Additionally, he mentioned he only really had to report about once a year. He assured that he always makes it clear that he is a mandated reporter and feels that it’s important to maintain that clarity. This was agreed upon by First Year Foundations Facilitator, Taylor Knoble. “I think I need to make it really clear that I am a mandated reporter.” she says, when asked what her responsibilities as one are. She continued to say on the subject that “You do have an ethical responsibility to make sure your students do get the help that they need. We’re not necessarily trained to deal with a sexual assault so it’s important we get them the help they need.” She, as well as Will Conrad and Dan Cook-Huffman, believed it was very important to direct students to confidential resources that are available, such as the SPoT, campus chaplains, and the health center.

A few students added to the discussion on mandated reporting. Ellie Stepansky, a freshman here at Juniata,when questioned whether she had ever disclose something to a mandated reporter, stated, “No, I’ve never. Personally, I don’t feel very comfortable speaking with someone who is required to report what I say. I don’t know who it’s going to.” She revises, however, that she would speak with one, given a specific situation and that reporting is good in theory. Students were also asked if there should be more information about mandated reporting; however, Audrey McNeely, a sophomore at Juniata, said “ I think it’s enough that a mandated reporter lets you know they’re a mandated reporter.”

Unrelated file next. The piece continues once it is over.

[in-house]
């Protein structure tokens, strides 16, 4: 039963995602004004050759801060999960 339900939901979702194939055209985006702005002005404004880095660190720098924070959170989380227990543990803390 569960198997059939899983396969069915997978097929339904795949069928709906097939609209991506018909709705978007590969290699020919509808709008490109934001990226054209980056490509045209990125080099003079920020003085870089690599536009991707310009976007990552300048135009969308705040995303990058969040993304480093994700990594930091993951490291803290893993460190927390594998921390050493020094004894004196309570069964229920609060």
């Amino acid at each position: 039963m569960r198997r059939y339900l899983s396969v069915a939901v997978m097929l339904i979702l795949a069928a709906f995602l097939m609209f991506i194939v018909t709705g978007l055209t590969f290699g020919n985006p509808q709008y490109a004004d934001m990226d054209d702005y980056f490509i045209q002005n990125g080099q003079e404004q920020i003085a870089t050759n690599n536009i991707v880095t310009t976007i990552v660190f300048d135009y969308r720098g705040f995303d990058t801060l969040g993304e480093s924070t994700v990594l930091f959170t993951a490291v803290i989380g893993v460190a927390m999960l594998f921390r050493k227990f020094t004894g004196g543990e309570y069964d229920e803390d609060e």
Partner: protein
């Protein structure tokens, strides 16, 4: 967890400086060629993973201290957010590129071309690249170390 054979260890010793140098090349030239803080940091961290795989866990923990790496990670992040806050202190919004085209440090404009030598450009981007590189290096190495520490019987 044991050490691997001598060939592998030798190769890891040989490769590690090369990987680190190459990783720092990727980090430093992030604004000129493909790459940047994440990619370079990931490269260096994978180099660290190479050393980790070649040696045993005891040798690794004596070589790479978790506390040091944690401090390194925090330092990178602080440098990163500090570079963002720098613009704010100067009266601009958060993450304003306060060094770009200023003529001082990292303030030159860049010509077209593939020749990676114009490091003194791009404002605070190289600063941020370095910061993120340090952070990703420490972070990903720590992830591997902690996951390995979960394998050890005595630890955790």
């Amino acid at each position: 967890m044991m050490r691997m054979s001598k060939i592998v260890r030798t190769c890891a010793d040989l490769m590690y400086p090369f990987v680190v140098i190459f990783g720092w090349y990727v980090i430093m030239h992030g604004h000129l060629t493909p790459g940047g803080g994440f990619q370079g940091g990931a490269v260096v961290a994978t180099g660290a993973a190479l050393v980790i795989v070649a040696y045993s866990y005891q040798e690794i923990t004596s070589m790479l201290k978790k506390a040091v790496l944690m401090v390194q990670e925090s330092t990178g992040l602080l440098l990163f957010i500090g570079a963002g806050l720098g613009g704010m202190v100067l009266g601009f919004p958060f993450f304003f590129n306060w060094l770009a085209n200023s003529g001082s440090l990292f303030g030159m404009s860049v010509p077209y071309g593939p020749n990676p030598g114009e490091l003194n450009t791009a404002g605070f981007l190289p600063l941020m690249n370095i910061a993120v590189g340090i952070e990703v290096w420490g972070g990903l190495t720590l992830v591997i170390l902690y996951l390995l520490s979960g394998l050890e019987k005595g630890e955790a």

All-in-all, it was found that there was a reluctance towards utilizing mandated reporting in the general student body, though many agreed in the importance of it on campus. The reporters themselves, as well as our Title IX coordinator advocated for more information and open discussion of the subject. Regardless of the student’s or faculty’s background with reporting, it was enlightening to discuss them with the individuals in this article. Dan Cook-Huffman also ensures all Juniata students that he is open to discussing these things with everyone should you have more questions.




  1. Why did we report on this?
    • Echo feels like mandated reporters have a lot of stigma surrounding them without many solid facts, so they wanted to instill a bit more trust in this group on campus.
  2. How did we get the information to report on this?
    • Echo utilized interviews and viewed some Title IX documentation for this article.
  3. How can the reader get more information on the topic covered?
    • Readers may get in contact with Echo ([email protected]) with any further questions for Dean Dan Cook-Huffman about Title IX and mandated reporters.
  4. Did we miss something?
    • Let us know! Contact Echo ([email protected]) with any further questions, comments, or concerns about this article, or to suggest further articles about this topic.